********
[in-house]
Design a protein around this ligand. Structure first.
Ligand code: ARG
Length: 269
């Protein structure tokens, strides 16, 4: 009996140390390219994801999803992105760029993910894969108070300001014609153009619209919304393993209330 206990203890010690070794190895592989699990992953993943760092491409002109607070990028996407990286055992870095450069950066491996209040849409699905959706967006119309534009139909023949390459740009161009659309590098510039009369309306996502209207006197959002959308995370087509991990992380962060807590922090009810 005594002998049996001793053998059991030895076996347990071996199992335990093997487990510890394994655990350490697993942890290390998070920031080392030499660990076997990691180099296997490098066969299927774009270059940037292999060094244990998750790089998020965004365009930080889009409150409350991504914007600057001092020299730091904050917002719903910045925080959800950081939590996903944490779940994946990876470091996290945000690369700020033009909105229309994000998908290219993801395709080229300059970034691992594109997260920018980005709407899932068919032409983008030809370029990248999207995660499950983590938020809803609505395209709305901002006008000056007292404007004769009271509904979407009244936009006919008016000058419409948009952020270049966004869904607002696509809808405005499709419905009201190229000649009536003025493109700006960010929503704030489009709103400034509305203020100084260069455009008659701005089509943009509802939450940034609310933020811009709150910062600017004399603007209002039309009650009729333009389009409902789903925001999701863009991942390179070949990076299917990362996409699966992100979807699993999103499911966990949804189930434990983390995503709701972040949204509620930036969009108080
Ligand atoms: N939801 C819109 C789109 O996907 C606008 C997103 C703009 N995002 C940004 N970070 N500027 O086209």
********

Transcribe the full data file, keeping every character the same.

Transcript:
[in-house]
Design a protein around this ligand. Structure first.
Ligand code: ARG
Length: 269
């Protein structure tokens, strides 16, 4: 009996140390390219994801999803992105760029993910894969108070300001014609153009619209919304393993209330 206990203890010690070794190895592989699990992953993943760092491409002109607070990028996407990286055992870095450069950066491996209040849409699905959706967006119309534009139909023949390459740009161009659309590098510039009369309306996502209207006197959002959308995370087509991990992380962060807590922090009810 005594002998049996001793053998059991030895076996347990071996199992335990093997487990510890394994655990350490697993942890290390998070920031080392030499660990076997990691180099296997490098066969299927774009270059940037292999060094244990998750790089998020965004365009930080889009409150409350991504914007600057001092020299730091904050917002719903910045925080959800950081939590996903944490779940994946990876470091996290945000690369700020033009909105229309994000998908290219993801395709080229300059970034691992594109997260920018980005709407899932068919032409983008030809370029990248999207995660499950983590938020809803609505395209709305901002006008000056007292404007004769009271509904979407009244936009006919008016000058419409948009952020270049966004869904607002696509809808405005499709419905009201190229000649009536003025493109700006960010929503704030489009709103400034509305203020100084260069455009008659701005089509943009509802939450940034609310933020811009709150910062600017004399603007209002039309009650009729333009389009409902789903925001999701863009991942390179070949990076299917990362996409699966992100979807699993999103499911966990949804189930434990983390995503709701972040949204509620930036969009108080
Ligand atoms: N939801 C819109 C789109 O996907 C606008 C997103 C703009 N995002 C940004 N970070 N500027 O086209």